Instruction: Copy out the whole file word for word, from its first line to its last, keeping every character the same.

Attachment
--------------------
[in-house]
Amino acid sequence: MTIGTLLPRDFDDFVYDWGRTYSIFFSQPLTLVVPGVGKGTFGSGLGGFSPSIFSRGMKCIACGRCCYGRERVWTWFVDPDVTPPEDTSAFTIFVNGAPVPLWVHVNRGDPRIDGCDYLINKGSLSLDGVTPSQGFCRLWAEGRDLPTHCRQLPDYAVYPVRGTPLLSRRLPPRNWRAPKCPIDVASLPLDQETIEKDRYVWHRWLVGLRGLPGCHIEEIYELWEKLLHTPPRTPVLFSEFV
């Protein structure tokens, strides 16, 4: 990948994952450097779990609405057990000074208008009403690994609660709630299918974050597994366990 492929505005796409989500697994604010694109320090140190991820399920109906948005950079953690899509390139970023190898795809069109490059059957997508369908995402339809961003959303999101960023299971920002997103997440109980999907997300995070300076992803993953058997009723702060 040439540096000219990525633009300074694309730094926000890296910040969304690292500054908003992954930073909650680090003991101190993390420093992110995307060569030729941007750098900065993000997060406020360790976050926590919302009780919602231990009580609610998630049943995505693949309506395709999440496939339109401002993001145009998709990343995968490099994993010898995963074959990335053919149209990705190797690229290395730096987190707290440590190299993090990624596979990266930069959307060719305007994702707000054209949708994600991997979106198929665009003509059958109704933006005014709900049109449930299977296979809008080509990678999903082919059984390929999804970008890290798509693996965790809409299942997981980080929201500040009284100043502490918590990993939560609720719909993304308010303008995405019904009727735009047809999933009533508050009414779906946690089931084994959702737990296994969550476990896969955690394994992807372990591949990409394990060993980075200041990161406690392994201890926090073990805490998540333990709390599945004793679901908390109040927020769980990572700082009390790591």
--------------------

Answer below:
[in-house]
Amino acid sequence: MTIGTLLPRDFDDFVYDWGRTYSIFFSQPLTLVVPGVGKGTFGSGLGGFSPSIFSRGMKCIACGRCCYGRERVWTWFVDPDVTPPEDTSAFTIFVNGAPVPLWVHVNRGDPRIDGCDYLINKGSLSLDGVTPSQGFCRLWAEGRDLPTHCRQLPDYAVYPVRGTPLLSRRLPPRNWRAPKCPIDVASLPLDQETIEKDRYVWHRWLVGLRGLPGCHIEEIYELWEKLLHTPPRTPVLFSEFV
């Protein structure tokens, strides 16, 4: 990948994952450097779990609405057990000074208008009403690994609660709630299918974050597994366990 492929505005796409989500697994604010694109320090140190991820399920109906948005950079953690899509390139970023190898795809069109490059059957997508369908995402339809961003959303999101960023299971920002997103997440109980999907997300995070300076992803993953058997009723702060 040439540096000219990525633009300074694309730094926000890296910040969304690292500054908003992954930073909650680090003991101190993390420093992110995307060569030729941007750098900065993000997060406020360790976050926590919302009780919602231990009580609610998630049943995505693949309506395709999440496939339109401002993001145009998709990343995968490099994993010898995963074959990335053919149209990705190797690229290395730096987190707290440590190299993090990624596979990266930069959307060719305007994702707000054209949708994600991997979106198929665009003509059958109704933006005014709900049109449930299977296979809008080509990678999903082919059984390929999804970008890290798509693996965790809409299942997981980080929201500040009284100043502490918590990993939560609720719909993304308010303008995405019904009727735009047809999933009533508050009414779906946690089931084994959702737990296994969550476990896969955690394994992807372990591949990409394990060993980075200041990161406690392994201890926090073990805490998540333990709390599945004793679901908390109040927020769980990572700082009390790591």